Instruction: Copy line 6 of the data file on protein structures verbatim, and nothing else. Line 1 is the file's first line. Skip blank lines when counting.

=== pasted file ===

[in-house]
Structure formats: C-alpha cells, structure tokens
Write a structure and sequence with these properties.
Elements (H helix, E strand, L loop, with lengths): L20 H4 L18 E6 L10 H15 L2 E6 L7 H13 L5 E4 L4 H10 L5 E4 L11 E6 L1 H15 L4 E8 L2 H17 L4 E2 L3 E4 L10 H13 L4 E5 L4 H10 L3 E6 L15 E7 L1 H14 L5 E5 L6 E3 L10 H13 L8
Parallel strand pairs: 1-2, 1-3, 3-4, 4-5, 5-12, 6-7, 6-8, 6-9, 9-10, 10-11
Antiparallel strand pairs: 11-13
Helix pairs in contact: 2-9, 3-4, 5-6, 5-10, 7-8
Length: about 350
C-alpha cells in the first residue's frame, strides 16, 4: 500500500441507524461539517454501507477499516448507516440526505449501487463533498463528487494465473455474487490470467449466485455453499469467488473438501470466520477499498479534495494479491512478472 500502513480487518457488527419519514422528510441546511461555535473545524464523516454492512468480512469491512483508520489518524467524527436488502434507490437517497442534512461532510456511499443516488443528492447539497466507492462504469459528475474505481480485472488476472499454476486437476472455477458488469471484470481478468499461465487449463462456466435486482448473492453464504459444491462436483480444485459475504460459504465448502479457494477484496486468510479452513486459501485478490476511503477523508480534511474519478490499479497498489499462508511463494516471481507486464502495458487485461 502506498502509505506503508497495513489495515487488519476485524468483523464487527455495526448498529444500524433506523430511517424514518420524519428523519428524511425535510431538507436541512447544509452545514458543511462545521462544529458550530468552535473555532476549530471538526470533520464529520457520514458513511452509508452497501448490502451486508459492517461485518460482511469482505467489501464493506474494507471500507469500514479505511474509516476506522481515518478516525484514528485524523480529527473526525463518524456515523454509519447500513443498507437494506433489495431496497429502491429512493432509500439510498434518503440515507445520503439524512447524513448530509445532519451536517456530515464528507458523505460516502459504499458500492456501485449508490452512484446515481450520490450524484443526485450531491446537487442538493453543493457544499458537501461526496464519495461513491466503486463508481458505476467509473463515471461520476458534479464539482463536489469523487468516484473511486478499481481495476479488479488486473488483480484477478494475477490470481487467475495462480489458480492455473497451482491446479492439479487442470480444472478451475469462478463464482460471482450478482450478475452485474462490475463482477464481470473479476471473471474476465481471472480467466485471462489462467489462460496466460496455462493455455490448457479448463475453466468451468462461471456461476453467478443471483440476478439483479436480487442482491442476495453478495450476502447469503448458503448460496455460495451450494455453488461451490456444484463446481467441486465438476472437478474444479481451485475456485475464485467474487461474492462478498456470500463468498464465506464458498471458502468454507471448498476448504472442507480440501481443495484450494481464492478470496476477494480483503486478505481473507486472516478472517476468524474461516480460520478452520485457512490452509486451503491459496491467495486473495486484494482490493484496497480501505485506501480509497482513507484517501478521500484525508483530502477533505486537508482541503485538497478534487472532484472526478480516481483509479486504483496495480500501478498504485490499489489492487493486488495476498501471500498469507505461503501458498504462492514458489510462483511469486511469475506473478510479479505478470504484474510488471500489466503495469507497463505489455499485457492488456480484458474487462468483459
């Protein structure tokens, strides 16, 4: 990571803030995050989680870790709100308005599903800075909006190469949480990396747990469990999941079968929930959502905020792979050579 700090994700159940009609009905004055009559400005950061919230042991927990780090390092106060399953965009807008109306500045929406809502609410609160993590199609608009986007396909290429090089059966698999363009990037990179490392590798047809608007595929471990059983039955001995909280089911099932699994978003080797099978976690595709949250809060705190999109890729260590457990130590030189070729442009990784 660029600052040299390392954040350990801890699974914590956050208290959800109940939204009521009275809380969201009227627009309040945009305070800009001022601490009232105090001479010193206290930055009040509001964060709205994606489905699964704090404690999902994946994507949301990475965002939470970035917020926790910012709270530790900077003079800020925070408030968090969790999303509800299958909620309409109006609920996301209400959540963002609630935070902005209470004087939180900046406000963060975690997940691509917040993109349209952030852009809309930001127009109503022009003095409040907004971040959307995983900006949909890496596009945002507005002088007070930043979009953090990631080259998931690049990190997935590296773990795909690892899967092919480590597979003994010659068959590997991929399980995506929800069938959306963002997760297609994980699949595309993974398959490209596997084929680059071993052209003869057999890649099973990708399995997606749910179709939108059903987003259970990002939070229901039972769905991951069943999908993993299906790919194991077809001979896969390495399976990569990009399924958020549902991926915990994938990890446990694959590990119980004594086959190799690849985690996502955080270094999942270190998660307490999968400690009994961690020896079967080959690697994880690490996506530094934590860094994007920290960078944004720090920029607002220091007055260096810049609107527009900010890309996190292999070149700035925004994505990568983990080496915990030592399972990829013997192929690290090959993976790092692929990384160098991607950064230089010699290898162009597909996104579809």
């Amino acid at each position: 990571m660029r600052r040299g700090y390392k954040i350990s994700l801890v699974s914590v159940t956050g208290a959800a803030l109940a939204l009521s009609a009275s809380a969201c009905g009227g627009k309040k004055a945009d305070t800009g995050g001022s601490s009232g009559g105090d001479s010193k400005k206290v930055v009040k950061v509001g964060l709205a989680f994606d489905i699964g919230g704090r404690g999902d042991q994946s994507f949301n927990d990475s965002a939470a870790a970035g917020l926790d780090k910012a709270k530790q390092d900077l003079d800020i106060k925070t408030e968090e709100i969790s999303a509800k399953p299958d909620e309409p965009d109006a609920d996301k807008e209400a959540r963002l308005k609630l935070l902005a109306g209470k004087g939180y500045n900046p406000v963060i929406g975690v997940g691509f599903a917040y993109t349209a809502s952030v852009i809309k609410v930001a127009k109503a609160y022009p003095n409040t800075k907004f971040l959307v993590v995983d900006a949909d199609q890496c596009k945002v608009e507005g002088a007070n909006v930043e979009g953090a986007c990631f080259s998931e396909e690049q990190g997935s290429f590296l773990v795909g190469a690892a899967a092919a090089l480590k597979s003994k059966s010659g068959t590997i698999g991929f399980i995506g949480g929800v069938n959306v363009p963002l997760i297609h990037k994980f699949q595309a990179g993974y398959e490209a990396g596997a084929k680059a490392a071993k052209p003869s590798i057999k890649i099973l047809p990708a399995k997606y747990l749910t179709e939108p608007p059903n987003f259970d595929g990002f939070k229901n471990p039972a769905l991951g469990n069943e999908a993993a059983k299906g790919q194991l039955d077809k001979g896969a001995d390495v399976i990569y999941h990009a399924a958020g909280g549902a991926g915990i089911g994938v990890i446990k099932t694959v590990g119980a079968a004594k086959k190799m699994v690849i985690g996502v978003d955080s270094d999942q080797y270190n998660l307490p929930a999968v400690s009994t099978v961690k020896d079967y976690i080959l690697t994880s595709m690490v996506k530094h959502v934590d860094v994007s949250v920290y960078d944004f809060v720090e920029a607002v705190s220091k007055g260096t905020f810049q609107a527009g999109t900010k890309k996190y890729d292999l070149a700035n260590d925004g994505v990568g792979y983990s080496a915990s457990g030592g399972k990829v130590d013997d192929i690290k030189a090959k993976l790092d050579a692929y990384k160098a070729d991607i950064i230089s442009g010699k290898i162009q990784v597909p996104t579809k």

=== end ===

Antiparallel strand pairs: 11-13